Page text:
Cupar, Fife (surveyed in 1854)


Cupar, which was, until 1975, the county town of Fife, is situated on the main road from Edinburgh to Dundee and the north of Scotland. The older part of the town lies on the north bank of the River Eden, south of the small river known as Lady’s Burn, or St Mary’s Burn. By 1854, several suburbs had developed, such as Lebanon to the north of Lady’s Burn (sheet 2) or Pleasance to the south of the town (sheet 8).

The town's name may derive from the Scottish Gaelic, Comhpairt, meaning ‘common land or pasture’. However, Mackay notes that some authorities suggest a pre-Celtic derivation for the name.

Cupar was confirmed as a royal burgh by David II in the mid- to late-twelfth century, although the settlement must already have been established around the site of the twelfth- or thirteenth-century royal castle of Cupar. Certainly Cupar was already making customs payments by around 1330 (McNeill and Nicholson, 1975), suggesting that it was already an active market town by the beginning of the fourteenth century.

The castle, which was held by the MacDuff Earls of Fife, had stood on Castle Hill at the eastern end of the town. It was certainly in existence by 1296, when it was visited by Edward I of England, and it remained the meeting place for the court of the Stewartry of Fife until 1425. Some accounts have suggested that Cupar Castle was the place where Macbeth killed the wife and children of Macduff, as related in Shakespeare's play, Macbeth, but the historical accuracy of the event is dubious. The castle was no longer in existence by the time of this survey.

The Moot Hill at the western end of the town has been variously interpreted as part of an early defence or as a place of law-giving.

During the nineteenth century, the population was increasing steadily, having risen from 6,473 in 1831, to 7,427 in the 1851 census.

Town Planning

The centre of the town is focussed around two main streets, Bonnygate and Crossgate, which lie between the two rivers and radiate from the Castle Hill. Even into the nineteenth century, the administrative centre of the town, with its townhouse and county buildings, lay near the junction of these two roads. By the time of this survey, the railway station had been built. It lies on the edge of the town, south of the River Eden.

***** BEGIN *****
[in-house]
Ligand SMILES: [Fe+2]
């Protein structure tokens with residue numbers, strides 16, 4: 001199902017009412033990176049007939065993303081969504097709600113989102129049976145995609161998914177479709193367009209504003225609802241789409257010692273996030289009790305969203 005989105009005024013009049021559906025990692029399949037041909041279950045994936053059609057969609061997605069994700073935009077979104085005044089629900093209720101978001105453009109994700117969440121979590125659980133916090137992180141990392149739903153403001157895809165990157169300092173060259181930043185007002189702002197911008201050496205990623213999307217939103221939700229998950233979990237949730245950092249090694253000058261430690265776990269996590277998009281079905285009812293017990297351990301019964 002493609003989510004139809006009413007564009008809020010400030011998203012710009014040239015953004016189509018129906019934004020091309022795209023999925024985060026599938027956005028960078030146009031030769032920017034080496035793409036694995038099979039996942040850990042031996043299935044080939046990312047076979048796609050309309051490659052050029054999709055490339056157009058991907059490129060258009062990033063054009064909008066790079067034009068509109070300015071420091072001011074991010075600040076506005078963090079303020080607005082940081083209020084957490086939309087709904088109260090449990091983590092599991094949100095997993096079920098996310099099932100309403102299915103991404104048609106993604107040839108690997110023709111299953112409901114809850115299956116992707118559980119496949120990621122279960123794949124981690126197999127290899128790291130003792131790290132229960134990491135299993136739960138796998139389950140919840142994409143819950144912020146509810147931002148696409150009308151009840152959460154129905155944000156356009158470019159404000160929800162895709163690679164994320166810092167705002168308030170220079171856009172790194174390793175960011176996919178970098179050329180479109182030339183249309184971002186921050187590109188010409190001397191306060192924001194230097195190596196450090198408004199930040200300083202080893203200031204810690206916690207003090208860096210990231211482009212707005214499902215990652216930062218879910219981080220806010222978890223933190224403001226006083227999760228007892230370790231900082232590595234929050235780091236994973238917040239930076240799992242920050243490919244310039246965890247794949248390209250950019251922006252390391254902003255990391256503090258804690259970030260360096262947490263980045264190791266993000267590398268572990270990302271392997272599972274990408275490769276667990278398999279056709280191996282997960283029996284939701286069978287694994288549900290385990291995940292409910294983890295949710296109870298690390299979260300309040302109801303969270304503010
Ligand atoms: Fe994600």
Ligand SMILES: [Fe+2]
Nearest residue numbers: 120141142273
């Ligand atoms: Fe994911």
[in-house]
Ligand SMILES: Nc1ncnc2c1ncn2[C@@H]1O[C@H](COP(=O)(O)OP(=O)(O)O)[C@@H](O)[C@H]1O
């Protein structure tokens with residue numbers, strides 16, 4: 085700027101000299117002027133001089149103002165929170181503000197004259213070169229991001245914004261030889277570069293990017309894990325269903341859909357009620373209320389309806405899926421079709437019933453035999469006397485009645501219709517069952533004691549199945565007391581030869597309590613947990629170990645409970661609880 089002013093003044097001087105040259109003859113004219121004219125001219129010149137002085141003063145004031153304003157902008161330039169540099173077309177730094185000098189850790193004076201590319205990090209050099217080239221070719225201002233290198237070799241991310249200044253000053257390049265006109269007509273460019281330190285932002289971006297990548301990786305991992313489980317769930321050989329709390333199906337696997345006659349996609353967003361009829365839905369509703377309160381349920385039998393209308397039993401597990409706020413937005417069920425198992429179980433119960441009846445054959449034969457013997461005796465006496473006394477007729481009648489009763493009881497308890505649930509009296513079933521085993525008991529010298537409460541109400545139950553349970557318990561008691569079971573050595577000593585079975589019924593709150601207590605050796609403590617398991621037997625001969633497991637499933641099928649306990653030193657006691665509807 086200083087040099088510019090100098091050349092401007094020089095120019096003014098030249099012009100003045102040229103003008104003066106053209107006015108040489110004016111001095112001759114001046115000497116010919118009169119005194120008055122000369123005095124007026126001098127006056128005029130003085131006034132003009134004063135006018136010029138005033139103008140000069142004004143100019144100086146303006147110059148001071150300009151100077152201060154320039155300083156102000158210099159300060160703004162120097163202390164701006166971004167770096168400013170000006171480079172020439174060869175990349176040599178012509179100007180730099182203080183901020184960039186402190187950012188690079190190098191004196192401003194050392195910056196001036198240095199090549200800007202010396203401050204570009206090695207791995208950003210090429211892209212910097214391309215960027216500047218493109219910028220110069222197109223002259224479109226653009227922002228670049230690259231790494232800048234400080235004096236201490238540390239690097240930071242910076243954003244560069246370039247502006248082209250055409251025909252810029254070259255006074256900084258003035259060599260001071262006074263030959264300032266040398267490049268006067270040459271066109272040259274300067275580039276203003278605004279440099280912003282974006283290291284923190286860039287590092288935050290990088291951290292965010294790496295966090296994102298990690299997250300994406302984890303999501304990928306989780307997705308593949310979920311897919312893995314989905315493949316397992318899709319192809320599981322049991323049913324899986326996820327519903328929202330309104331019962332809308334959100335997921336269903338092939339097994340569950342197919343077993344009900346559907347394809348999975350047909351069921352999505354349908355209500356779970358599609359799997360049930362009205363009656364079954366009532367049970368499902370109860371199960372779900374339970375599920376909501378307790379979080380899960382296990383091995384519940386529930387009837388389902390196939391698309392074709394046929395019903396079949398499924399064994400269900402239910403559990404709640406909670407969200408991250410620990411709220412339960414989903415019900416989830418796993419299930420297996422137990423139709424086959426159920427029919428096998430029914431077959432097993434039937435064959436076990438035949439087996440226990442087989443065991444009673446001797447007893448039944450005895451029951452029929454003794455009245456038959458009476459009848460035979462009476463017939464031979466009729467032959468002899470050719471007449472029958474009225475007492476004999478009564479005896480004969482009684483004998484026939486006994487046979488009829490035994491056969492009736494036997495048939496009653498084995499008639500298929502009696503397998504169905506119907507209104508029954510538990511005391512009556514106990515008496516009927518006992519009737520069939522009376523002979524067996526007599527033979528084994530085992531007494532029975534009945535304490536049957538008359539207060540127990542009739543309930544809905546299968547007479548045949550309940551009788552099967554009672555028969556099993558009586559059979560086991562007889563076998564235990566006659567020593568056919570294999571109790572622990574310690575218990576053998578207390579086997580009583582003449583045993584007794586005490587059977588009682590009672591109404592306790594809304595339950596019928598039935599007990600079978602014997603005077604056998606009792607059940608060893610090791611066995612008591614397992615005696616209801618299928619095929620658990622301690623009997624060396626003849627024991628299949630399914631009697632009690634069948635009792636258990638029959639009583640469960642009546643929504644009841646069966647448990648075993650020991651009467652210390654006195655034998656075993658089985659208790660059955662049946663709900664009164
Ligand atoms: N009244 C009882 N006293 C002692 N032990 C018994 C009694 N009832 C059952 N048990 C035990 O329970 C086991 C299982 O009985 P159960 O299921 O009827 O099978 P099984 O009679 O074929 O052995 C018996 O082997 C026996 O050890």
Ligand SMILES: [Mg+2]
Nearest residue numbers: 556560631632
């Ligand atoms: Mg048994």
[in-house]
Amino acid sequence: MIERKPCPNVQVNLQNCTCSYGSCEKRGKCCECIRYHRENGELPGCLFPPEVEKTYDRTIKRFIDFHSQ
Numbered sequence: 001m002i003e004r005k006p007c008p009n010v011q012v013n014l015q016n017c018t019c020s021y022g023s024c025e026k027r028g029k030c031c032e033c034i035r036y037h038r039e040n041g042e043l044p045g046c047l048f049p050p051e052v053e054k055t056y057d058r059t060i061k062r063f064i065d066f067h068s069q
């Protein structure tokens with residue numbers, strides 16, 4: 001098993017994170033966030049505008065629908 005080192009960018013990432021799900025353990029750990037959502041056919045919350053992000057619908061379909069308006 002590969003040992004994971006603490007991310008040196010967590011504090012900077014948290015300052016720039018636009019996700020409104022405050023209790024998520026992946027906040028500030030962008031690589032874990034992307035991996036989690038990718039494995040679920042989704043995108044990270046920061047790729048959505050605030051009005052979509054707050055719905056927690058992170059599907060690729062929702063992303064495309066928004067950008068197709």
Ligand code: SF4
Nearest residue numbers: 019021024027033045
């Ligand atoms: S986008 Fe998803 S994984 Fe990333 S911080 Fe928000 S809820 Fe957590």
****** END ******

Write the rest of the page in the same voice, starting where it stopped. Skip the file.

Cupar's original parish church lay to the north-west of the town (sheet 1). In 1415 a new parish church was erected in the town centre, on the Kirkgate in the town centre. Only the tower of that church remains, the rest having been rebuilt in 1785. The Free Church and the Baptist Church can also be seen on this map.

Trade and Industry

The town’s industrial development was primarily based on the products of its fertile agricultural hinterland. The weekly corn market held in the town supplied two corn mills and two barley mills, as well as flour mills and breweries, all reflecting the grain-growing capacity of the area. The mills used water power and can be seen on the map alongside the River Eden, to the south of the town (sheet 8).

Another important industry which also used the water power of the Eden for its mills, was flax spinning. The weaving of the flax into linen, however, was based on a home industry numbering 600 weavers according to the 1845 Statistical Account.

Religious life

During the religious strife of the Reformation, Cupar Muir was the site of a confrontation between the army of the Lords of the Congregation who supported John Knox and the Queen Regent's army who were intending to march on to St. Andrews. A treaty between them was signed on the Hill of Tarvit to the east of the town (sheets 6, 9).

The Free Church, the Episcopalian Chapel and the Baptist Church can also be seen on the 1854 map and Wilson (1857) mentions two United Presbyterian churches.


The Madras Academy, founded in 1831 by Andrew Bell, stood on the Castle Hill. The Statistical Account of 1845 mentions other small schools and the foundation of a public library in 1797.


The sixteenth-century playwright David Lyndsay put on the first performance of his satirical play The Three Estates at Cupar in 1535.

In the mid-nineteenth century the town seems to have offered a varied social life with a horticultural society, a philharmonic society and an agricultural society as well as cricket, curling and other games.